A Mumbai teen who grew up in the slums, becomes a contestant on the Indian version of "Who Wants To Be A Millionaire?" He is arrested under suspicion of cheating, and while being interrogated, events from his life history are shown which explain why he knows the answers.
84 years later, a 101-year-old woman named Rose DeWitt Bukater tells the story to her granddaughter Lizzy Calvert, Brock Lovett, Lewis Bodine, Bobby Buell and Anatoly Mikailavich on the Keldysh about her life set in April 10th 1912, on a ship called Titanic when young Rose boards the departing ship with the upper-class passengers and her mother, Ruth DeWitt Bukater, and her fiancé, Caledon Hockley. Meanwhile, a drifter and artist named Jack Dawson and his best friend Fabrizio De Rossi win third-class tickets to the ship in a game. And she explains the whole story from departure until the death of Titanic on its first and last voyage April 15th, 1912 at 2:20 in the morning. Written by
Anthony Pereyra <firstname.lastname@example.org>
[June 2008] Ranked #6 on the American Film Institute's list of the 10 greatest films in the genre "Epic". See more »
When they find their rooms in steerage and Jack introduces himself to the Swedish men, Fab takes the top bunk. Jack turns to Fab and says "Who says you get top bunk, huh?" but his mouth never moves then or later to actually say it. See more »
Thirteen meters; you should see it.
[seeing the shipwreck come into view for the first time]
OK; take her up and over the bow rail.
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There are no opening credits after the title has been shown. See more »
If one does a keyword search of Titanic on the IMDB, they will find that it is not a new subject for film. Documentaries, TV movies, and big screen versions abound. The Barbara Stanwyck-Clifton Webb version of 1955 had a much better story -- the tension between the characters was palpable and when their son leaves his mother to go back onto the ship to die with his father -- that is touching, not watching the puppy love antics of DiCaprio and Winslet and sweaty heaving and thrusting in the back of an Oldsmobile.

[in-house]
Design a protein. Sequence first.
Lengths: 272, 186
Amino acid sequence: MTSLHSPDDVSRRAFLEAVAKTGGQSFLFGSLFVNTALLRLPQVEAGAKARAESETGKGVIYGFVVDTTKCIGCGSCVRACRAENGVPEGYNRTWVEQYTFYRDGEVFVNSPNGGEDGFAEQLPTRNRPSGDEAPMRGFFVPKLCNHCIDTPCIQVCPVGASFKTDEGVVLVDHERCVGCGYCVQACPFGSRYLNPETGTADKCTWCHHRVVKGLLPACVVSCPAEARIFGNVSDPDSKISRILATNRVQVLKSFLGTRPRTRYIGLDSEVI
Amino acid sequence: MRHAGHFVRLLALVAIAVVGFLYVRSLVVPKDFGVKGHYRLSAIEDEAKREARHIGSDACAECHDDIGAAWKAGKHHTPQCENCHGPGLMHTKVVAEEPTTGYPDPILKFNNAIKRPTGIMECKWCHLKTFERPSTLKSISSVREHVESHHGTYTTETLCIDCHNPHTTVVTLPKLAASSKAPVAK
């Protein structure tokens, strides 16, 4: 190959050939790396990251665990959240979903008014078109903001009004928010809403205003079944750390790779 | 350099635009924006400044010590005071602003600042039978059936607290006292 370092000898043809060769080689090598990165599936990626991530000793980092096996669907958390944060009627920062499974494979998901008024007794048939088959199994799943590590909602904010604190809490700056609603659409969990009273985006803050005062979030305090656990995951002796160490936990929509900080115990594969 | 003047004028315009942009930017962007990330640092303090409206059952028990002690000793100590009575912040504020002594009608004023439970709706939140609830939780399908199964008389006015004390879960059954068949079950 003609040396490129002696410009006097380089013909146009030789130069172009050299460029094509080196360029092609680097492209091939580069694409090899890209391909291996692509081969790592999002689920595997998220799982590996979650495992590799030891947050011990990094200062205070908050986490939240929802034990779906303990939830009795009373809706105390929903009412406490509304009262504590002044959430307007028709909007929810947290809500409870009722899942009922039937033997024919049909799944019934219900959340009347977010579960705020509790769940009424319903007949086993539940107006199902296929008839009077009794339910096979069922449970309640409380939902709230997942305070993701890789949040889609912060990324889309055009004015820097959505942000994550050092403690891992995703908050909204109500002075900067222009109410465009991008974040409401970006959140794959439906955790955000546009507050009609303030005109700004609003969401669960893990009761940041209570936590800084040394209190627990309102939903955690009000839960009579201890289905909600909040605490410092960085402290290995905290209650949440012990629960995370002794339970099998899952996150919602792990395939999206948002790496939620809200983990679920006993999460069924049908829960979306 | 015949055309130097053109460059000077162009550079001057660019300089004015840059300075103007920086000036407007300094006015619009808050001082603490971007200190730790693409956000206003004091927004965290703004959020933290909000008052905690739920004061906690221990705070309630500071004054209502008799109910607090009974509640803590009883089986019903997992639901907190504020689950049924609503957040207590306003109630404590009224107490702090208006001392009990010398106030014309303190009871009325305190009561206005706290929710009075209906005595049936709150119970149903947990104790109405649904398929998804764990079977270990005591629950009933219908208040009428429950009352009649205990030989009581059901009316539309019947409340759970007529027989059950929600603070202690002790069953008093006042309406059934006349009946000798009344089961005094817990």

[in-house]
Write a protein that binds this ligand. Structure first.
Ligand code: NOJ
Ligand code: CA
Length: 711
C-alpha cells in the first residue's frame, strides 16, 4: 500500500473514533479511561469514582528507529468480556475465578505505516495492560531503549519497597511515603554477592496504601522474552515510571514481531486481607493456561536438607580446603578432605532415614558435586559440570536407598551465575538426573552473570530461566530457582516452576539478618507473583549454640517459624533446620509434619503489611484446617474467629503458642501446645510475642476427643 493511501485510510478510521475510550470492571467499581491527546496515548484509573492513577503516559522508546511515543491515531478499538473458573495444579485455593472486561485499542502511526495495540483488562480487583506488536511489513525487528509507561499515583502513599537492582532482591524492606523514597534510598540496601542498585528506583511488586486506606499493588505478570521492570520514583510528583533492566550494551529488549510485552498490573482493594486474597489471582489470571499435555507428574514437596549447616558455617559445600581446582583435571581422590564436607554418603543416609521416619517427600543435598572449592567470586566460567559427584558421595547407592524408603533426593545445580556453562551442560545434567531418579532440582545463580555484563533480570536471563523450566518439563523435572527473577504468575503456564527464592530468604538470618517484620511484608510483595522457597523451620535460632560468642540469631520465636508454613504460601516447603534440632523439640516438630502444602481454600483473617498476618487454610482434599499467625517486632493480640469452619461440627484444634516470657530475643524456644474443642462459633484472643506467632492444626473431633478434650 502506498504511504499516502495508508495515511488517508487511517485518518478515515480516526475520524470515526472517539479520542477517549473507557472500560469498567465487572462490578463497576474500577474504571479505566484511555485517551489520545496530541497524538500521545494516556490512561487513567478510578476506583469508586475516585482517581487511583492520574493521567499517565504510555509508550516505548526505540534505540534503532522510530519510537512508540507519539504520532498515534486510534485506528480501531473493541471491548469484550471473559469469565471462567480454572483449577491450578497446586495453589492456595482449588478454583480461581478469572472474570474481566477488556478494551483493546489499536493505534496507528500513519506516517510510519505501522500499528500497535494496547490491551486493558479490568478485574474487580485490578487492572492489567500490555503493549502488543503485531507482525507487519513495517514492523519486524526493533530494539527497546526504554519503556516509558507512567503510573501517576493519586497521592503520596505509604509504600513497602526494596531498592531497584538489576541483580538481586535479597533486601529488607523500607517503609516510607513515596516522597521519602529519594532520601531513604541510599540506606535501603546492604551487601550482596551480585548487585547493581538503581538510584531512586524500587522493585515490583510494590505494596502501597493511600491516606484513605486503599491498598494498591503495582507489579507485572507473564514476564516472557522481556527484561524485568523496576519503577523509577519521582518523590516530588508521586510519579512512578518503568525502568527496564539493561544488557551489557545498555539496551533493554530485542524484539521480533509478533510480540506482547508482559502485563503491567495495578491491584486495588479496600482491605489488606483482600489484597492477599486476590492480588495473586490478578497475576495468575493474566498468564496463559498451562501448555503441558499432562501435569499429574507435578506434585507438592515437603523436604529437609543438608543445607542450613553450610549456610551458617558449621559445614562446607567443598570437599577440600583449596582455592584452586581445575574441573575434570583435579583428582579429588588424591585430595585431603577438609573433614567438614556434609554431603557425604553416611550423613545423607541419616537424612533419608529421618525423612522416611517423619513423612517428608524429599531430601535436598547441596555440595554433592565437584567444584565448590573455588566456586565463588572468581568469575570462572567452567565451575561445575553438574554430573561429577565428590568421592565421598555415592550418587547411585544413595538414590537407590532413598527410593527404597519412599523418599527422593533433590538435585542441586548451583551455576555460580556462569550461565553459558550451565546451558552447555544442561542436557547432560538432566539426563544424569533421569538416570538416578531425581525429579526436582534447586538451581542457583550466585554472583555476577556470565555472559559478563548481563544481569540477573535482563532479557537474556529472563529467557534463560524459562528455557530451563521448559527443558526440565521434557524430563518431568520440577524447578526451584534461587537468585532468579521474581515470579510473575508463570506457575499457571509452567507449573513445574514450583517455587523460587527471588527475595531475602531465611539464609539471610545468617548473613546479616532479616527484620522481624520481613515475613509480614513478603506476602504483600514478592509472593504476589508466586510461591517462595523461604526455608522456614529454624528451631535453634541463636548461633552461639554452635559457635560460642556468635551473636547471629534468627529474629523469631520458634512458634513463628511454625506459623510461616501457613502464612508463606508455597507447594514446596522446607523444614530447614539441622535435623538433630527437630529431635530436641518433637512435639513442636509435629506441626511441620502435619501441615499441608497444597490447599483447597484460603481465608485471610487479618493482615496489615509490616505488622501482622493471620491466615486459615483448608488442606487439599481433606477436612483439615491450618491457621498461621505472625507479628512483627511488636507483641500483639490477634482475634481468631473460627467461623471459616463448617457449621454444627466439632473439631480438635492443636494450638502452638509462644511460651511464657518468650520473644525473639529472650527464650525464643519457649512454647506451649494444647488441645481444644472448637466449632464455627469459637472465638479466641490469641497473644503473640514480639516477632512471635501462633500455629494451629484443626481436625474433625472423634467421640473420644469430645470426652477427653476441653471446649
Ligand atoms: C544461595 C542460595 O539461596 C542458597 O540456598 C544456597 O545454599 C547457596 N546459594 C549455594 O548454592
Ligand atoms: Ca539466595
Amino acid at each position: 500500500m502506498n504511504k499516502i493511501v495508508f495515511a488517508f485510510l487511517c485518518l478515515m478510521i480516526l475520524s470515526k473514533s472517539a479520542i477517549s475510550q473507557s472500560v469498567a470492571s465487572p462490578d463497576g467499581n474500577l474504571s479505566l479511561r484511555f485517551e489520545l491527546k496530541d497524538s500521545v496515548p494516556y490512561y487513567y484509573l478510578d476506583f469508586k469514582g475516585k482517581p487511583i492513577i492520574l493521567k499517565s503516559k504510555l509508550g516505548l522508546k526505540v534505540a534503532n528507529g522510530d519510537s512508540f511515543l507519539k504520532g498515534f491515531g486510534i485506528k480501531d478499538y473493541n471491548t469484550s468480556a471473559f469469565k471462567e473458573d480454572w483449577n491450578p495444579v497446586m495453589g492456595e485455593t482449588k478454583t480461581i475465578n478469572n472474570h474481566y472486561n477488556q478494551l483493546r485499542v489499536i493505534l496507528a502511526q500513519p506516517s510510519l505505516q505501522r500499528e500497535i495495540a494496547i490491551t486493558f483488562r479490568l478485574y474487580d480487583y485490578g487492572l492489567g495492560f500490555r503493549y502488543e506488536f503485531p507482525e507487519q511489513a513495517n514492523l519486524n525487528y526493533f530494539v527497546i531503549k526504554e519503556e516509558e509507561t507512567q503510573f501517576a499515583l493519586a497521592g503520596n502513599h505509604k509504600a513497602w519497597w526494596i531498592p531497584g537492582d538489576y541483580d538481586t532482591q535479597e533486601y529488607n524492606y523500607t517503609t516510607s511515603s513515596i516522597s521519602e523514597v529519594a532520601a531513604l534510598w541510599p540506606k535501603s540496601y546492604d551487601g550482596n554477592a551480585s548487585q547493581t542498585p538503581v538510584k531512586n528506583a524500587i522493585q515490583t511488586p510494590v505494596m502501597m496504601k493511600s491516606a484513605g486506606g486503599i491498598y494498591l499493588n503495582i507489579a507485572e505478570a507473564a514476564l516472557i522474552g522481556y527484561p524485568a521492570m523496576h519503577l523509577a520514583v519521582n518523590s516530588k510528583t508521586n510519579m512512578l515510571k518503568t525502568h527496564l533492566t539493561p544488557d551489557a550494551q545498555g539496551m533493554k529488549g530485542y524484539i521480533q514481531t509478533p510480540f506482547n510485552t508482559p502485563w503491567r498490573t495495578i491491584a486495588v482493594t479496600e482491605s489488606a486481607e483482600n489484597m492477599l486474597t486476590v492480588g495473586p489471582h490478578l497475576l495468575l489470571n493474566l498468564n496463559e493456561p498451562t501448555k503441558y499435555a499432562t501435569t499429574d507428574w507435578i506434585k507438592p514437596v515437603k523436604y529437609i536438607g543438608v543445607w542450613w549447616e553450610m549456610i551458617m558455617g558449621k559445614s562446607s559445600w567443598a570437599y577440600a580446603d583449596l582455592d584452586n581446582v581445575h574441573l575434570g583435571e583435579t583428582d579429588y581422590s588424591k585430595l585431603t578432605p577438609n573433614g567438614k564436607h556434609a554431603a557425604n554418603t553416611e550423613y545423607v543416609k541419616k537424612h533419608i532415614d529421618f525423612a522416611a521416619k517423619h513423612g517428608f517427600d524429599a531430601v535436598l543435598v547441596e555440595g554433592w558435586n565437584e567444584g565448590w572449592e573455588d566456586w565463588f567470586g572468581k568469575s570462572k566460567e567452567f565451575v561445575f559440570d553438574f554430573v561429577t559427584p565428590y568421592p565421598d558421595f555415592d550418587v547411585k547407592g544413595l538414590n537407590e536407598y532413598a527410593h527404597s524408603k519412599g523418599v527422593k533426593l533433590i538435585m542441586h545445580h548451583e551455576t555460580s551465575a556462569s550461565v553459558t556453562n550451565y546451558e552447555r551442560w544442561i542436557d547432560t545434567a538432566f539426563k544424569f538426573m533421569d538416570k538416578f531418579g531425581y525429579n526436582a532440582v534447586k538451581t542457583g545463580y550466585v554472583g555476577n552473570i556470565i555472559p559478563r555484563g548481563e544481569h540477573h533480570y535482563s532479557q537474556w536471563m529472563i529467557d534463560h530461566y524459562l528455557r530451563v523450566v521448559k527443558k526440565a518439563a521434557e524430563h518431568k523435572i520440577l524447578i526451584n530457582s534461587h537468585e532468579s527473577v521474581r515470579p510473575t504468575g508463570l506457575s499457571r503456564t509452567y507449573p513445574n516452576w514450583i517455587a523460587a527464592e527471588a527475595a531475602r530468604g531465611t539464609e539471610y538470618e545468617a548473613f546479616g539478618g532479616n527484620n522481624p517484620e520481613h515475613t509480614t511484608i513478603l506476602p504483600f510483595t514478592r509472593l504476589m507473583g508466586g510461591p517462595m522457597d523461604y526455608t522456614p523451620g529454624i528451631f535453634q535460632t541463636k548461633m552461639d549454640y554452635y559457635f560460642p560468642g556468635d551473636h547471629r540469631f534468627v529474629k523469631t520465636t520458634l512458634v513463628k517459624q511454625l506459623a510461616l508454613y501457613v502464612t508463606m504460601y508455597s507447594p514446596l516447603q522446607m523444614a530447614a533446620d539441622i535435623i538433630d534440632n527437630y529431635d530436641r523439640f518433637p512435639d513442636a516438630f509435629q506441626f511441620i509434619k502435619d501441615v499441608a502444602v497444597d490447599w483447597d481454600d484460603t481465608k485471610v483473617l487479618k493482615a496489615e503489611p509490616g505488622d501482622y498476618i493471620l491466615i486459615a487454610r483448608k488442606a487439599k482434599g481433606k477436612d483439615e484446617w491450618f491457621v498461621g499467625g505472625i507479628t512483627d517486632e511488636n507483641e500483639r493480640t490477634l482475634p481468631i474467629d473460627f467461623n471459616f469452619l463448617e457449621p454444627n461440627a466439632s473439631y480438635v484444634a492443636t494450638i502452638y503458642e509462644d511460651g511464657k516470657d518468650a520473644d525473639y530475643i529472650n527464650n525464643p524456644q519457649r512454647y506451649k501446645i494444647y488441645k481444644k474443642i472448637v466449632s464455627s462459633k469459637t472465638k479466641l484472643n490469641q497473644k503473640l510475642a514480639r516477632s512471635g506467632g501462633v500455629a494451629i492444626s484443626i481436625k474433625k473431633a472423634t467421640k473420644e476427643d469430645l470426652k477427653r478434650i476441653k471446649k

Anyway, back to the skillions of versions of Titanic. Lest we forget, I will mention here that another ocean liner sank, the Lusitania, with an equal, if not more, loss of lives. This sinking was an act of war (it was sunk by a German U-boat) and a hell of a lot more important to history -- it prompted the US to enter WWI. David Butler has written a novel called Lusitania and it is a Grand Hotel on the ocean, in theory the same as Cameron's script, although it is much better written. At least there are more than three central characters. The tragedy of the Lusitania is no less heartbreaking than that of the Titanic. So why didn't Cameron take his money and present a subject that is neglected on film (apart from documentaries)? I'm sure he could have taken Butler's book and made it as good as the author wrote it. Cross-cutting from Kapitan Schwieger in the U-Boat and the people on board the ship just before the torpedo hit would have been as exciting as editing could get.
All this talk of jealousy on the part of Titanic naysayers is ridiculous. I have seen many big budget movies that have good scripts and are entertaining and I have no qualms about recommending them. I happen to think The Fifth Element is one of the best sci-fi movies in recent years. Other people pan it, but I don't wag my finger at them and say, "You're just jealous!" They can have their own opinion, but that doesn't mean they are more right than I. I just happen to think that Titanic, as envisioned by James Cameron, is uninspired, tedious, and, apart from the special effects (some of which are not done well at all -- again, people, my OPINION), a waste of time. I've tried watching it a second time and I just can't get into it. The Prologue with Old Rose is not interesting at all and I think Gloria Stuart hasn't improved her acting skills since The Invisible Man (way back in 1933) and she is the major fault of that movie.
As for it being the greatest film of all time or even in the top 10, I shake my head in dismay at the bandwagon mentality sweeping the world about this movie. Gone With the Wind, She Wore a Yellow Ribbon, The Wild Bunch, To Kill a Mockingbird, The General, Greed, The Birth of a Nation, Intolerance, The Women, All Quiet on the Western Front, Sunset Boulevard, The Big Parade, Meet John Doe, Double Indemnity, and about 100 others are better all around as a cinematic experience than Titanic. These movies have excellent character and plot development, use of camera techniques and a quiet charisma that the bombastic Titanic with its loud score (by the self-plagiaristic James Horner -- I heard Aliens, Star Trek II, and several other of his films in the Titanic score) and obvious "gut-wrenching" ploys sorely lacks. I just cannot award the laurels for the best movie of all time to a film that excels in one department (special effects) and falls short in all others.
PS -- To all those who complain that people are saying the movie is predictable because the boat sinks: I think we're all talking about Cameron's love story, not the fact that the boat sinks. Only an "ignorant" person would lodge that complaint. I knew from the previous scene what would happen to these characters next, and that shows the mark of a poor script.
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